The Deputy is aware of the rural transport scheme, to which the public service obligation, PSO, applies. He is also aware of the difficulties being experienced by Bus Éireann in the Expressway service. The company has asked Grant Thornton to look at the issue and it expects to make proposals in January. These are matters for the company which will report to the Minister in due course.
I wish to ask the Taoiseach about the progress made in meeting a commitment given in the programme for Government, specifically on page 97, which reads: "We will transfer responsibility for Criminal Legal Aid to the Legal Aid Board who will have new powers to compel criminals to pay a contribution". I presume it is a contribution towards the cost of rectifying the damage they have done. What is the status of that commitment? I assure the Taoiseach that criminals in Limerick will be well able to afford to pay as they are now in the dog racing business.
You can bet on it.
I am pleased that in this case some of the dogs have been recovered and are intact, which is good.
I will advise Deputy O'Dea of the progress being made in this regard by the Minister for Justice and Equality.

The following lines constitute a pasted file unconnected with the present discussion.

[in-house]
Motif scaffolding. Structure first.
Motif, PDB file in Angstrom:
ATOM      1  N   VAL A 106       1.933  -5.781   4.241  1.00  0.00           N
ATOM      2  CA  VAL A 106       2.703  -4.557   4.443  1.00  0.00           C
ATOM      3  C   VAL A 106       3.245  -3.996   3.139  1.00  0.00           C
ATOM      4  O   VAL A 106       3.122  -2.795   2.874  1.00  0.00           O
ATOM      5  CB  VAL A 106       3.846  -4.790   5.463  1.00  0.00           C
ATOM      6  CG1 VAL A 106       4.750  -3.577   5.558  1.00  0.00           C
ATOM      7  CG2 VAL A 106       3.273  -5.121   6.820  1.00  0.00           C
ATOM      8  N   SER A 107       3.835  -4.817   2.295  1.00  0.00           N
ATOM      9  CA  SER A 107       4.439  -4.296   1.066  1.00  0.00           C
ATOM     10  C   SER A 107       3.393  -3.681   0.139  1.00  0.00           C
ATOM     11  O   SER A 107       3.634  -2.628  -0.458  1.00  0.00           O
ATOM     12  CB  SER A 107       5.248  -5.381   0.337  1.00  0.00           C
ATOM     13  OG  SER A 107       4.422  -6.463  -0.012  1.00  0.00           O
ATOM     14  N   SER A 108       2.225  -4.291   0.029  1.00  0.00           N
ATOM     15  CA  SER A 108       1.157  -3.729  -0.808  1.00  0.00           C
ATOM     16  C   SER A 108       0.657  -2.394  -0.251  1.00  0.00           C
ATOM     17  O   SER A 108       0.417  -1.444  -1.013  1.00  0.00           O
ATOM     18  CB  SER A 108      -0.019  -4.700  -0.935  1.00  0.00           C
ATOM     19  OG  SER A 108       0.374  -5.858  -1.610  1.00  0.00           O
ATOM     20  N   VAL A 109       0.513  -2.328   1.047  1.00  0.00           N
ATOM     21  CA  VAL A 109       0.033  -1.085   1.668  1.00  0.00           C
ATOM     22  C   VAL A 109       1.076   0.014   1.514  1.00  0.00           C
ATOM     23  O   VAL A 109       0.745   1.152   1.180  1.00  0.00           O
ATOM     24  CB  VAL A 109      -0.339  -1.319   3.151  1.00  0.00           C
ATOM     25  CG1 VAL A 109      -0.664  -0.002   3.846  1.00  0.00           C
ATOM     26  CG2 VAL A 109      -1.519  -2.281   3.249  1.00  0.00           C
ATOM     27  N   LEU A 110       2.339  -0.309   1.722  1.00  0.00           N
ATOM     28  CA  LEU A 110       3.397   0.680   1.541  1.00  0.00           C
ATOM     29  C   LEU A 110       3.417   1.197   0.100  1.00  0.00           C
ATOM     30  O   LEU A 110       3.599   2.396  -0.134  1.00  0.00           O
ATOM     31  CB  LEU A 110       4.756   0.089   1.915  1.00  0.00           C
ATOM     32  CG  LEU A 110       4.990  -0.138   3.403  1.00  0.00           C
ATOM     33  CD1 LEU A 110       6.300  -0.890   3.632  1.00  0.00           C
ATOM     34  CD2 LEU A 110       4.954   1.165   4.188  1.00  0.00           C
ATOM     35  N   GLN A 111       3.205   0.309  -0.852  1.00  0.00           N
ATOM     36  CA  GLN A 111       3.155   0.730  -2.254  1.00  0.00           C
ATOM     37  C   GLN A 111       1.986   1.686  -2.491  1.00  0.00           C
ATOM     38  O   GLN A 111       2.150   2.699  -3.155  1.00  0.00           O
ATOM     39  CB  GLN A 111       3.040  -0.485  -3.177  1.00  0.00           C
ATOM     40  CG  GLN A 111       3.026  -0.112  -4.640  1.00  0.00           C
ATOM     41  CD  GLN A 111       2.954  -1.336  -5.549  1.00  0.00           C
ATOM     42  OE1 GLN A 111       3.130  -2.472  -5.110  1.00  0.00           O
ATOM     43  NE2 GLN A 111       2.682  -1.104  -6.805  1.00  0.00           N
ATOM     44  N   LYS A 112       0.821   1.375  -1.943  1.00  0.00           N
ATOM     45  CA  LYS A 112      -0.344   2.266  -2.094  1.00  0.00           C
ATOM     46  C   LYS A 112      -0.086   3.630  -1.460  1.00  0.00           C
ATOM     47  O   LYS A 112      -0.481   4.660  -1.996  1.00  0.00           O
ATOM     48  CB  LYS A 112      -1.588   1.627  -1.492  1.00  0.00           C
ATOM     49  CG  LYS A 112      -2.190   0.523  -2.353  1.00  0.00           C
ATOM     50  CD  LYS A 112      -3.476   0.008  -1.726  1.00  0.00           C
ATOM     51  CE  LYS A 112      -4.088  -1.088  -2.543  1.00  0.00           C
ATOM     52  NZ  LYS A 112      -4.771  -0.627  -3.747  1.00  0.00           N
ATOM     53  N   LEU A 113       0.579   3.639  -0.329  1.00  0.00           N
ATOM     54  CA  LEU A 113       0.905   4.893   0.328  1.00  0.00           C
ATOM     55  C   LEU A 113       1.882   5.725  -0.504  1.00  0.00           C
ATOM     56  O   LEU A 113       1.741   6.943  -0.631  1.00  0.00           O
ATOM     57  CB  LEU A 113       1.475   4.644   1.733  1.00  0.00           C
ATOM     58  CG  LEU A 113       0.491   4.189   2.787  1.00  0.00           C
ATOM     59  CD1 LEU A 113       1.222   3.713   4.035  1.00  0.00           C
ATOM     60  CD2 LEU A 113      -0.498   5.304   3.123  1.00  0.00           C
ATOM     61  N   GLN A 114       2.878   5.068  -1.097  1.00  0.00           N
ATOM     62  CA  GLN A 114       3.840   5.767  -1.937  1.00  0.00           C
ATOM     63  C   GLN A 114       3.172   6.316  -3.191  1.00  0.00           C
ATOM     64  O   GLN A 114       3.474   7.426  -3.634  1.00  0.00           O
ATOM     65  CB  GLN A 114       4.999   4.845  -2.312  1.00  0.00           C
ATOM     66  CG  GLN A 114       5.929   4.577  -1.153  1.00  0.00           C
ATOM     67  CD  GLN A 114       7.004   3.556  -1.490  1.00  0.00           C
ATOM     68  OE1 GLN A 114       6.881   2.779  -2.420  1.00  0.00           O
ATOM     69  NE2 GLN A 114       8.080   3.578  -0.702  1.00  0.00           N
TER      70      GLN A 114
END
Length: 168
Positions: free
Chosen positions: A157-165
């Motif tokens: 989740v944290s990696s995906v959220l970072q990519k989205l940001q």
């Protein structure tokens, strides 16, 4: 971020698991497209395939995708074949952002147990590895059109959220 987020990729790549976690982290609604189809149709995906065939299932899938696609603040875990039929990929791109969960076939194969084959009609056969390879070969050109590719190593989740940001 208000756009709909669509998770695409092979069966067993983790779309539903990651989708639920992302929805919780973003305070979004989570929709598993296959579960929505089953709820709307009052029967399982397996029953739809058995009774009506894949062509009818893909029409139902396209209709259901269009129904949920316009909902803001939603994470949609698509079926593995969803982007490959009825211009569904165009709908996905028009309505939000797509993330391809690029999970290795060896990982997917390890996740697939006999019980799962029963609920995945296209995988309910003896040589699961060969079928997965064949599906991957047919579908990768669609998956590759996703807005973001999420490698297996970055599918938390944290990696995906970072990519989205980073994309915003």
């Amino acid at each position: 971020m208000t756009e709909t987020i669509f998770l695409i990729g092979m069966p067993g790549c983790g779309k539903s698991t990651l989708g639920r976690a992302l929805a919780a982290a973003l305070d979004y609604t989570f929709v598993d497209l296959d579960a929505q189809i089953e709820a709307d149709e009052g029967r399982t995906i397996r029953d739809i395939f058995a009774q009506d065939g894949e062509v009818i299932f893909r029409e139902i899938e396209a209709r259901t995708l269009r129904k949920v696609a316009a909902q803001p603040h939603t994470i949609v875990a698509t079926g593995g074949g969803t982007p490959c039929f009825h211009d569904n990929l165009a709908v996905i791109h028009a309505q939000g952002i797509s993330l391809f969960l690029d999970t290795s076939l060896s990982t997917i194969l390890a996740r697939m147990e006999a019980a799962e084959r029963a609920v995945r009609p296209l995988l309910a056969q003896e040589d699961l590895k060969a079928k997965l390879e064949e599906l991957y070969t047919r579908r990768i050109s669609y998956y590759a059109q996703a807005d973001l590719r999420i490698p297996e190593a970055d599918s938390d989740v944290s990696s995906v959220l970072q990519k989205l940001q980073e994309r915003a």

On a point of order, I asked the Taoiseach several times to send me a letter on the Government's position on the tenant purchase scheme.
That is a separate matter.
I will send the Deputy information about that.
It was promised six weeks ago.
My apologies for that, I will send that information to the Deputy.
I got no reply about a Topical Issue I raised with the Minister for Public Expenditure and Reform concerning the Citizens' Assembly. He gave a commitment to come back to me but he did not do so, Could the Taoiseach ensure that this happens?
That is not a matter on promised legislation.
I am reminding the Taoiseach that the matter is two weeks old. In respect of the commitment to the greyhound industry and agriculture in general, to which the Taoiseach just referred, I am delighted that Clare's Rocket, which is trained by Graham Holland of Riverside Kennels and was reportedly snatched from Tipperary, is back safe.
That is not a matter on promised legislation.